What’s in your Easter basket?


By Pat Brinkman - OSU Extension



Easter is the second biggest candy holiday in the United States, as 87 percent of Americans will buy or create an Easter basket. Total annual spending on Easter candy has been $2.1 billion with over 120 million pounds of Easter candy purchased. Over 70 percent of the candy purchased is chocolate and 16 billion jelly beans are sold.

All this candy adds up to a lot of sugar.

What is in an Easter basket? According to the National Confectioners Association (NCA) the most popular items include:

– Easter candy/chocolate is 89 percent

– Non-edible items such as stuffed animals, markers, crayons, books, etc.is 79 percent

– Dark Chocolate or chocolate with added fruits and nuts (added benefits) is 46 percent

– Snack items like granola bars or dried fruit is in 44%

– Mints and gum is 35 percent

Are you wondering about those marshmallow chicks (Peeps) you see everywhere? It’s reported that 55 percent of Americans love them with 42 percent liking them fresh and 10 percent liking them stale. Yet, they are just made of sugar and food coloring.

With all that candy being sold, maybe it is time to rethink the Easter basket. Especially, since the USDA Dietary Guidelines recommends no more than 10 percent of our calories per day should come from added sugars. These recommendations are for everyone from children to senior adults. Maybe, it’s time we cut back on the amount of candy we buy.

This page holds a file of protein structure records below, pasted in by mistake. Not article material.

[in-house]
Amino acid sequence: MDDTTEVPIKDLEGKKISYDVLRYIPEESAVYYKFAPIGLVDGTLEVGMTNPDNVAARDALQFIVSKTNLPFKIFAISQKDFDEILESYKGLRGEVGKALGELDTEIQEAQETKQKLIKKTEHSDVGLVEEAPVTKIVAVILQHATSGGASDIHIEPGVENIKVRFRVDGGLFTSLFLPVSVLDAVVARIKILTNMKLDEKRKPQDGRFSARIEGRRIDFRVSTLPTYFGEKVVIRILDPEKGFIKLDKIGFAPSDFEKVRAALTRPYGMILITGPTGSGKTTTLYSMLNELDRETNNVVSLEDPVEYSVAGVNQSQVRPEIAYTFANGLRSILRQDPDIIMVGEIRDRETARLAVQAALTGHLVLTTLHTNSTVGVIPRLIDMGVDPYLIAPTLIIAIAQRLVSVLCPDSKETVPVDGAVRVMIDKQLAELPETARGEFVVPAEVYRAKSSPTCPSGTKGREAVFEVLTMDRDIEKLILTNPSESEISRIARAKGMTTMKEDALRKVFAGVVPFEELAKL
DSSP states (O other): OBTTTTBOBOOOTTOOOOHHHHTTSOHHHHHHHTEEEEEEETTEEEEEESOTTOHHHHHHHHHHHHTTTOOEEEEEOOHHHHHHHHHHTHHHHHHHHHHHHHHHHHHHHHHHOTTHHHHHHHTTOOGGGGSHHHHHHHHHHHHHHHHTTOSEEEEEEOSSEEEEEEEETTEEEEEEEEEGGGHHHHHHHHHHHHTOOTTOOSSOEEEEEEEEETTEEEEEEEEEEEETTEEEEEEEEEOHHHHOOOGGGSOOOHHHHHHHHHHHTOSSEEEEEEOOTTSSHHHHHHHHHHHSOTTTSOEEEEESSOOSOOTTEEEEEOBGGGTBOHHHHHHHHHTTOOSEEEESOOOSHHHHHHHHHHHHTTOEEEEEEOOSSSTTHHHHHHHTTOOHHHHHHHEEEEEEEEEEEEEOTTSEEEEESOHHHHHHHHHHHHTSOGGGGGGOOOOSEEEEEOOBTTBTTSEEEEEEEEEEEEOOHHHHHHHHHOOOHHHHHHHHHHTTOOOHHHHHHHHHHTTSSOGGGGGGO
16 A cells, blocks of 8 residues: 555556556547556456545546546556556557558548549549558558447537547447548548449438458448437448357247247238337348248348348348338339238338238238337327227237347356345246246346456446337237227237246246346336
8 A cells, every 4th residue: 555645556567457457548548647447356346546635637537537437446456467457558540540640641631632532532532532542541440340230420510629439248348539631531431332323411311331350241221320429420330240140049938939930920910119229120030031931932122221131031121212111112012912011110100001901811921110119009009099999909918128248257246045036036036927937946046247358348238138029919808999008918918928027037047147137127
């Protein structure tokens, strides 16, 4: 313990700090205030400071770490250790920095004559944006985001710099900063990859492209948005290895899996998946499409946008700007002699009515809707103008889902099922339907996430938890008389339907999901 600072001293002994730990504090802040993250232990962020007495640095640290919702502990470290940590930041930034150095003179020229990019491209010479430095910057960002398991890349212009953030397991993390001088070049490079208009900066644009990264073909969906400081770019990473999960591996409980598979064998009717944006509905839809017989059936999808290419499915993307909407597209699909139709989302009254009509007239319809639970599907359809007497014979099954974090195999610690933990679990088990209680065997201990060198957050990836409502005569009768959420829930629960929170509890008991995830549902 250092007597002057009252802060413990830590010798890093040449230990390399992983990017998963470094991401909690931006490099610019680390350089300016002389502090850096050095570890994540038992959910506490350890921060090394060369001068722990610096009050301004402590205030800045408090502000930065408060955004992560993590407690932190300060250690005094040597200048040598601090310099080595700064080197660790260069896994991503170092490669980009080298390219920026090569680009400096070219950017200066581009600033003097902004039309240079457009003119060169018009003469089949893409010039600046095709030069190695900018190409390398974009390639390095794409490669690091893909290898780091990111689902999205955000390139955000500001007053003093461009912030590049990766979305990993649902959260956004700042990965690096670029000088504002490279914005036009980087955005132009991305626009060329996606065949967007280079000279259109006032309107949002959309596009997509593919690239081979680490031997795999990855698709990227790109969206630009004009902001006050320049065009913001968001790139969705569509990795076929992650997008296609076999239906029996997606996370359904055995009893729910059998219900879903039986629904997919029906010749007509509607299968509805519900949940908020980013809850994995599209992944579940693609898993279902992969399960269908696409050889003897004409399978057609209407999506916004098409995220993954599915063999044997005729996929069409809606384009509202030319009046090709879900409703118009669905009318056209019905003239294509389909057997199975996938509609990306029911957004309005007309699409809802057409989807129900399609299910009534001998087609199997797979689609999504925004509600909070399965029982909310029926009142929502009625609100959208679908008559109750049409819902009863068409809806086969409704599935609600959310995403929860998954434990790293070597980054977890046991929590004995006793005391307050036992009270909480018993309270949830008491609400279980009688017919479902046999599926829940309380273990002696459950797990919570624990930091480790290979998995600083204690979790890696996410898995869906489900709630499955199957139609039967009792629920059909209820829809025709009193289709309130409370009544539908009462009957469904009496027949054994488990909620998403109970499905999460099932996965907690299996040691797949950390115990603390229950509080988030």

What other options are there to put in the basket besides candy? Did you know 11 percent of families surveyed by NCA don’t add any candy to their baskets? Some suggestions to fill a basket include:

– Stuffed animals

– Markers, crayons, sidewalk chalk, water paints

– Reading or coloring books

– Outside play equipment – jump ropes, balls, noodles for the pool, Frisbees, swim goggles

– Bubbles and big wands for making bubbles

– Family board games

– New reusable water bottle

– Passes to do fun activities

– Religious items

One or two small candy items are fine. Healthy food items could include snack packs of nuts, dried fruits, small boxes of raisins, and trail mix.

Do some fun activities together as a family to celebrate the holiday, such as coloring eggs or having an egg hunt. These are popular activities, as 79 percent of parents/grandparents dye Easter eggs and 71 percent have a hunt or attend a hunt for either candy-filled eggs or real eggs.

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By Pat Brinkman

OSU Extension